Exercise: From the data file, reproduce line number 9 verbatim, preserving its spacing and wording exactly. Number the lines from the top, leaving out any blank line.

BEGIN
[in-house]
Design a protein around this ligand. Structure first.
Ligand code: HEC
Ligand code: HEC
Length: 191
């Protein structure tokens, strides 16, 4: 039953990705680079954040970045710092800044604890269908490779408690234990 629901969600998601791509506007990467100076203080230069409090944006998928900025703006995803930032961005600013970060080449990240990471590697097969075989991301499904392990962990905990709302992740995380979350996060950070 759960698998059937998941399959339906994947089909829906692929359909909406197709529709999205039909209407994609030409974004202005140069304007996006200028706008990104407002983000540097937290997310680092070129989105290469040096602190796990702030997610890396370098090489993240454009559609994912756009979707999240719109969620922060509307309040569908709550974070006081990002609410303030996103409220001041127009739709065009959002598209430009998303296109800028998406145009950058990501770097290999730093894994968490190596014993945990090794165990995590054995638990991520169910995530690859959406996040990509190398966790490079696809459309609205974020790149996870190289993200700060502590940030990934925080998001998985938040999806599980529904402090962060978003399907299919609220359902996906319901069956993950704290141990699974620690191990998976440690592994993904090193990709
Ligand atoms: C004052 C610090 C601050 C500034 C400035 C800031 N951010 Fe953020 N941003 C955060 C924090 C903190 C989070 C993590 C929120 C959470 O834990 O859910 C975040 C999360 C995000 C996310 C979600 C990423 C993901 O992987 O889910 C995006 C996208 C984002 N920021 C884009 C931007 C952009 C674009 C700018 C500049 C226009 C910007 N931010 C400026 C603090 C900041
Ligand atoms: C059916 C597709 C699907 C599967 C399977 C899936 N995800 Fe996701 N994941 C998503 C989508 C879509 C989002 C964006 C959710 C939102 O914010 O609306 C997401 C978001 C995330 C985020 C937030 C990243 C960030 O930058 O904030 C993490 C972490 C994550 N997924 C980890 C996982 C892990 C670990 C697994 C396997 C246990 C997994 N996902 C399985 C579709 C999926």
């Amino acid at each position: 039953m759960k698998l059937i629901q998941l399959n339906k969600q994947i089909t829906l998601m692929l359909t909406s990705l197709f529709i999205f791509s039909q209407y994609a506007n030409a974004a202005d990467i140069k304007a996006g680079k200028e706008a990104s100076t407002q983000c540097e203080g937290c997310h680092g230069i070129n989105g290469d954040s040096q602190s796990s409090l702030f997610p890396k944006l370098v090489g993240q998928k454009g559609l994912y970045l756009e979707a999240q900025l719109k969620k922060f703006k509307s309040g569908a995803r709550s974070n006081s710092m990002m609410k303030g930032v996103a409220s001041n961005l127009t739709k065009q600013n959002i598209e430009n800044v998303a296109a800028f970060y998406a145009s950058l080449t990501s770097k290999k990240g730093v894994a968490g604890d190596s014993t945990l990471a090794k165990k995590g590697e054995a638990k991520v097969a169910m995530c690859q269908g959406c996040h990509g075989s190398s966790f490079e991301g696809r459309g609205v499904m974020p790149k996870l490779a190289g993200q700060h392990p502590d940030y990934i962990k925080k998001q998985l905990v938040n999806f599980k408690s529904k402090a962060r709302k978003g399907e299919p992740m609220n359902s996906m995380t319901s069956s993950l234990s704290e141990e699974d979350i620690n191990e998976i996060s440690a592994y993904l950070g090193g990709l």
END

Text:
């Amino acid at each position: 039953m759960k698998l059937i629901q998941l399959n339906k969600q994947i089909t829906l998601m692929l359909t909406s990705l197709f529709i999205f791509s039909q209407y994609a506007n030409a974004a202005d990467i140069k304007a996006g680079k200028e706008a990104s100076t407002q983000c540097e203080g937290c997310h680092g230069i070129n989105g290469d954040s040096q602190s796990s409090l702030f997610p890396k944006l370098v090489g993240q998928k454009g559609l994912y970045l756009e979707a999240q900025l719109k969620k922060f703006k509307s309040g569908a995803r709550s974070n006081s710092m990002m609410k303030g930032v996103a409220s001041n961005l127009t739709k065009q600013n959002i598209e430009n800044v998303a296109a800028f970060y998406a145009s950058l080449t990501s770097k290999k990240g730093v894994a968490g604890d190596s014993t945990l990471a090794k165990k995590g590697e054995a638990k991520v097969a169910m995530c690859q269908g959406c996040h990509g075989s190398s966790f490079e991301g696809r459309g609205v499904m974020p790149k996870l490779a190289g993200q700060h392990p502590d940030y990934i962990k925080k998001q998985l905990v938040n999806f599980k408690s529904k402090a962060r709302k978003g399907e299919p992740m609220n359902s996906m995380t319901s069956s993950l234990s704290e141990e699974d979350i620690n191990e998976i996060s440690a592994y993904l950070g090193g990709l």